How West Bengal media covered the 2019 election

Dr. Enakshi Roy

Assistant Professor, Western Kentucky University, USA:

With 42 Lok Sabha seats, the voters of West Bengal have always had a significant role to play in the general elections in India. The 2019 election was particularly important for West Bengal as Chief Minister and Trinamool Congress leader Mamata Banerjee was seen as a likely Prime Minister candidate if there was a possibility of forming a coalition government at the Centre. But the BJP ended up winning 18 parliamentary seats in West Bengal, its biggest win so far in the State. The media here covered the elections with much enthusiasm, though on occasions, both Bengali and English media were observed to have aligned themselves along partisan lines.

I examined the two leading English dailies in West Bengal, namely The Telegraph (TT) and The Times of India (ToI) Kolkata editions to identify the key themes that emerged in their election coverage. The Telegraph, owned by the ABP Group, was first published in 1982 and is considered a staple in most households in West Bengal. The Times of India launched its Kolkata edition in the early 2000s and has gained popularity among readers with its all-coloured editions and catchy graphics. While one might assume that these English dailies are similar in coverage, on close analysis one can find differences along ideological, political and editorial lines.


I looked at all the stories that were published from May 15 to May 24 and had a Kolkata or a West Bengal dateline. Each story (including images and infographics) was considered as one unit of analysis. A total of 175 stories were analyzed, 59 fromThe Telegraph and 116 from The Times of India. May 15 was selected as the starting date for this analysis because on May 14 there was a violent clash in Kolkata between TMC and BJP workers leading to the vandalizing of a statue of Ishwarchandra Vidyasagar, Bengali stalwart and education activist from the 1800s. The incident garnered a lot of media attention, and as per some poll observers may have slightly altered how Kolkata cast its votes. Following this incident, to curb further instances of violence, the Election Commission of India cut back campaigning in the State by two days. Kolkata, the capital of West Bengal, voted in the final phase of elections on May 19.


I looked at nine variables, 1) reporting on poll-related violence, 2) news related to the Election Commission, 3) reporting on candidates, 4) news on Left parties (CPI, CPM), 5) election issues, 6) news of vote in Kolkata, 7) voting as a democratic right, 8) Us vs. Them framing, and 9) poll results.


It was found that 17% of the stories in TT and 24% of the stories in ToI were about incidents of violence around the election. However, in TT the coverage of violence was more restricted to the vandalism incident on May 14, whereas ToI also reported on election-day violence. Regarding stories about the Election Commission, TT carried around 15% of its stories related to EC’s regulation or ineffectiveness, while ToI had 6% of its stories about the EC. As for candidates, there was a marked difference in how the two papers covered them. It was noticed TT did almost thrice as many stories (24%) on prominent candidates like Mamata Banerjee, Prime Minister Narendra Modi and BJP national president Amit Shah, compared to ToI (8.5%). However, when it came to focusing on other candidates, ToI did more stories (22%) on them than TT (17%). The Times of Indiahad a segment called ‘Candidate Watch’, which focused on particular candidates. When it came to covering the Left Front, the erstwhile ruling party of West Bengal, both papers had only one story each on them; besides, ToI had very few stories on the CPM candidate Bikas Ranjan Bhattacharya. As far as covering specific issues of the elections, ToI again did a better job with 6 % stories compared to 3% similar stories in TT. As far as the voting in Kolkata on May 19, ToI again did a better job with 16 % stories over 11% stories in TT. Yet again ToI had a varied range of stories, from the weather to liquor sales in the city on Election Day. The Telegraph’s stories were more focused on how the city was preparing for the vote count. The ‘Us versus Them’ was thought to be a big issue this election, but there were only three stories in our entire sample that were on this topic. One big theme that was there in ToI coverage but missing from TT stories was about ‘exercise in democracy’, for instance, stories about the third gender voting for the first time, or special voting booth for disabled persons. Nearly 15% of ToI stories that were analyzed reflected this theme. These were often the anchor stories. As far as covering the election results, 12% of stories in TT and 13% of stories in ToI show that both the papers had a similar focus on the outcome.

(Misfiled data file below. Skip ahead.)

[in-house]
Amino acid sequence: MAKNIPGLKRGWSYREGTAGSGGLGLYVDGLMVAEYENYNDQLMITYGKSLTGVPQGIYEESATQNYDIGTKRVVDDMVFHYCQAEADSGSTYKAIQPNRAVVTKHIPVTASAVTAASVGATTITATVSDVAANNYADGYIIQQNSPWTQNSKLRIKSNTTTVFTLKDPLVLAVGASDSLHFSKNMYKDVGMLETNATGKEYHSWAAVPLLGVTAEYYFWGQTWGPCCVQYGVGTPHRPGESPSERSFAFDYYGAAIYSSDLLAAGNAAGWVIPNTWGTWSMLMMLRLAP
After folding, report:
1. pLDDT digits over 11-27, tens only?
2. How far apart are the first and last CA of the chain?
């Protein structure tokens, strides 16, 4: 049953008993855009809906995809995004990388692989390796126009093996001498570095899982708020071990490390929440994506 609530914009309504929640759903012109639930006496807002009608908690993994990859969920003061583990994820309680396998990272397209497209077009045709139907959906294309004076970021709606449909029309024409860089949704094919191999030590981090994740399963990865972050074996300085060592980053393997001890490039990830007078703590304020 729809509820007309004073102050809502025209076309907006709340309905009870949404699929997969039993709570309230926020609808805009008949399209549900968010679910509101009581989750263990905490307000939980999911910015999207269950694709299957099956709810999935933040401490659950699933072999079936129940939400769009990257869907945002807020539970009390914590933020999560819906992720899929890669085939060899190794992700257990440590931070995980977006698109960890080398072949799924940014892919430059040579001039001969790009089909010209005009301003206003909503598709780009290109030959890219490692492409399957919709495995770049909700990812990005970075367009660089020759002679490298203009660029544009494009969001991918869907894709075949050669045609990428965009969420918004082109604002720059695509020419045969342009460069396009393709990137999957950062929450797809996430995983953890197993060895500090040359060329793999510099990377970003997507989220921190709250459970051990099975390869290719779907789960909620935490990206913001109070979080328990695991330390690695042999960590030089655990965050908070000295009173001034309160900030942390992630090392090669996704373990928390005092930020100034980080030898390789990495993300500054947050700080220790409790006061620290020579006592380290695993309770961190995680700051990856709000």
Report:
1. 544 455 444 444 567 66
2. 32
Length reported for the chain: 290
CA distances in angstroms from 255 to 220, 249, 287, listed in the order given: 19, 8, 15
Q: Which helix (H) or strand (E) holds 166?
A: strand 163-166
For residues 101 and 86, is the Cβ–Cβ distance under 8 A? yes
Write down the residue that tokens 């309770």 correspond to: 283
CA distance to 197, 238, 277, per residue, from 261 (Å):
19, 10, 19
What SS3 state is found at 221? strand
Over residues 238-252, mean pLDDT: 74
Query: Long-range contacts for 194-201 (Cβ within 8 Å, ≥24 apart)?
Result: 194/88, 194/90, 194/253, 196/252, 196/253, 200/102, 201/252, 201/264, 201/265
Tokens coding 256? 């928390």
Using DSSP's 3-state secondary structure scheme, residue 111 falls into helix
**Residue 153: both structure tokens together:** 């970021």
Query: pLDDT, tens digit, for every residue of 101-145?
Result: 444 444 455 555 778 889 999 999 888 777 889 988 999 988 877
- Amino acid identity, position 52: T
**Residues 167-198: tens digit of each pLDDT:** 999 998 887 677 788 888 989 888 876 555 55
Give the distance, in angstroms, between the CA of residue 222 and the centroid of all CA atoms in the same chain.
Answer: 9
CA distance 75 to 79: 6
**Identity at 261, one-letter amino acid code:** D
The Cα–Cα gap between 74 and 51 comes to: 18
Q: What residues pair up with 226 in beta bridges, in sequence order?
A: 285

While this analysis is based on a limited sample and a small timeframe, it still finds a few critical differences in how these two papers covered the elections.The Telegraph’s coverage was political leader driven and almost alienated other candidates and issues. The Times of India, on the other hand, had focused on issues, candidates, constituencies, how the voting was impacting the metropolitan city Kolkata, and focusing on the act of voting and a fundamental democratic right. Such a wide range of topics made ToI’s coverage more balanced than TT. In recent times TT has had its credibility questioned for aligning itself with the TMC party. This partisan coverage of TT is perhaps reflected through maintaining a narrow focus through stories like the ineptness of the Election Commission, not covering enough issues that are relevant to the public, and stories of selective few party candidates.

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